We know that when leaders get involved in professional learning – when they walk the talk – their staff and community are much more likely to follow and be inspired to join in.
The report – School Principals and Social Networking in Education: Practices, Policies, and Realities in 2010 – highlights the importance of school principals getting hands-on experience with social media tools, like Facebook and Twitter, in order to understand how it might support collaborative and networked learning.
The key findings of the report include:
- Principals who have active and personal experience of social media are far more likely to be strong advocates for its educational potential, and for e-learning in general.
- Many principals believe that there are possibilities within social media – but their schools do not have a strategy for its use.
The report recommends three key actions:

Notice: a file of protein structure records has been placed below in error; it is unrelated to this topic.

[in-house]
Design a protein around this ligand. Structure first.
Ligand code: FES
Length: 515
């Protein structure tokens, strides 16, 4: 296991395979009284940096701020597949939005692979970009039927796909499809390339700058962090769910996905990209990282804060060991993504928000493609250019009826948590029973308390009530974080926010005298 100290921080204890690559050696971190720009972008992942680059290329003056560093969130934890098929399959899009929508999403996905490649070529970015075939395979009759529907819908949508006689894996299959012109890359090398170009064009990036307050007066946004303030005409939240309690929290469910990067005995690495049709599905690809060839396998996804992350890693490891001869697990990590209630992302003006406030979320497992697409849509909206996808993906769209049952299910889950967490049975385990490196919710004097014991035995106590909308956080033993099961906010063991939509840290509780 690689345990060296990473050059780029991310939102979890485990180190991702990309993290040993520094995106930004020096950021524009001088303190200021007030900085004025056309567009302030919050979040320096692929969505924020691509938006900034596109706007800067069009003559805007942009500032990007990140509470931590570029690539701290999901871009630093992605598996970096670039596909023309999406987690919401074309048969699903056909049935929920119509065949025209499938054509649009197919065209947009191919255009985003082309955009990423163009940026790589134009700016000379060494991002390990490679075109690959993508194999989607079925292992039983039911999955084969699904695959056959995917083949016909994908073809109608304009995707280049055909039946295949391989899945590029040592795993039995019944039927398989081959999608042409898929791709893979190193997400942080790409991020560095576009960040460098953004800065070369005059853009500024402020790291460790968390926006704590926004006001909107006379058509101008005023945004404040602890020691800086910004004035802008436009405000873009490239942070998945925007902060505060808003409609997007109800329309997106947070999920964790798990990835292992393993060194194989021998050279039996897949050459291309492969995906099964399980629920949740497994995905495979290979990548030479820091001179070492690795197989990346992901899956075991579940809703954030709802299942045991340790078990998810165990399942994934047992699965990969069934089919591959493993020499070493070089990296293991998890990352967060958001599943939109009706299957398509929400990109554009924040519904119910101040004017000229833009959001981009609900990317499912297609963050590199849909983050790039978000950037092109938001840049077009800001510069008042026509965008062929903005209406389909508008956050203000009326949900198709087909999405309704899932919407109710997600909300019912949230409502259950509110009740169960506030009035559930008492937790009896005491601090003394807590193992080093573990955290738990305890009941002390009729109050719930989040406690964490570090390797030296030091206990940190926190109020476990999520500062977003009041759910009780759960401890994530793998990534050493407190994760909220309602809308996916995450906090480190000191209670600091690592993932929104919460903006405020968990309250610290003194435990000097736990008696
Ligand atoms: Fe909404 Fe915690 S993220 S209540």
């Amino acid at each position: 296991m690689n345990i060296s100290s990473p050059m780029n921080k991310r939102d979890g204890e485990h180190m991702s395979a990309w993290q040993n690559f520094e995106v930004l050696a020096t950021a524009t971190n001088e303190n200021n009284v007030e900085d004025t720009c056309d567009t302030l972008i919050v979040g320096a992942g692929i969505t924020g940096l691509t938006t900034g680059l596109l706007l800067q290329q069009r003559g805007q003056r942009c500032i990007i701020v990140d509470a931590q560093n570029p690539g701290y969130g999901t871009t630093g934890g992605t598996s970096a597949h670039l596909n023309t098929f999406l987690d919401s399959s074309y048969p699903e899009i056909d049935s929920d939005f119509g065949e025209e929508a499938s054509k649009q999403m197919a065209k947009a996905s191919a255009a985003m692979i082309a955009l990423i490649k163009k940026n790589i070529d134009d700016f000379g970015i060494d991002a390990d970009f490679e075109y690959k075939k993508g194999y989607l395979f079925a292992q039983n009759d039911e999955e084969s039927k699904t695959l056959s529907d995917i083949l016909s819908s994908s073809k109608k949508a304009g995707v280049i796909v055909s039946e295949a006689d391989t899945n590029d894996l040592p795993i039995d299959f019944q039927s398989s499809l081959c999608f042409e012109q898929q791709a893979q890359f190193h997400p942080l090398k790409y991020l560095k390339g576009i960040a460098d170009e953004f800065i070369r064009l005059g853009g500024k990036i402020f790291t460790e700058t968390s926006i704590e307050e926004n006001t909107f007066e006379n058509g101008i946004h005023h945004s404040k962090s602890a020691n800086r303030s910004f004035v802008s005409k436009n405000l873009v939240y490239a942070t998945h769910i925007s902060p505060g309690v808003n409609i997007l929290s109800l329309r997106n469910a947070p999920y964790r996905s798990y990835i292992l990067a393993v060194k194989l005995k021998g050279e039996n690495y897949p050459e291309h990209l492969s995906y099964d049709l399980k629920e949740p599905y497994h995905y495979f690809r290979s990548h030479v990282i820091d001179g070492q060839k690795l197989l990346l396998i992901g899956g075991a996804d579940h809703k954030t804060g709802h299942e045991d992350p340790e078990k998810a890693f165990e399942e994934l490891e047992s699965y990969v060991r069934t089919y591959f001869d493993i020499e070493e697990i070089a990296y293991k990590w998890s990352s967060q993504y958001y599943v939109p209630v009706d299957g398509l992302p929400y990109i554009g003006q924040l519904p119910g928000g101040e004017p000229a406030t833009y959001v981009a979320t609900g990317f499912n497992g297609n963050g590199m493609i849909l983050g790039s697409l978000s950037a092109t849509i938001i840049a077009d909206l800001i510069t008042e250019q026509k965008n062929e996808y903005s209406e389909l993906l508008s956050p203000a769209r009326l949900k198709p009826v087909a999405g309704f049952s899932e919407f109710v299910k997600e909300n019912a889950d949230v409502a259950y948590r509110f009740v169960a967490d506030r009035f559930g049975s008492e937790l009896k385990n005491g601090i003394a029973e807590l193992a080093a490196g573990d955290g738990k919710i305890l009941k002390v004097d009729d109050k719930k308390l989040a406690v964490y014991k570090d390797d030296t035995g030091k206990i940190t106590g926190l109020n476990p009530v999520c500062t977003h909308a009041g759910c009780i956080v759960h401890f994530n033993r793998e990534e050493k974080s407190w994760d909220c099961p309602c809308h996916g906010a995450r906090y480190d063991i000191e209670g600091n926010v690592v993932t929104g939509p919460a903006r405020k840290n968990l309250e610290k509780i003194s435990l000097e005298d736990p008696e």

- Greater active involvement in social networking is required for school leaders – and sites like EdWeb, ASCD Community and Google for Educators can provide a context that offers obvious benefits quite quickly if Facebook and Twitter don’t strike immediate chords.
- Models of good practice are needed to show the potential of social networking in education
- School policies need to be more effective and based on real-world contexts. They should extend beyond whether sites should be blocked to incorporate students and community in authentic digital citizenship conversations.
Schools look to their leaders for guidance and inspiration. What are they seeing at the moment?
Original link for report: http://www.edweb.net/fimages/op/PrincipalsandSocialNetworkingReport.pdf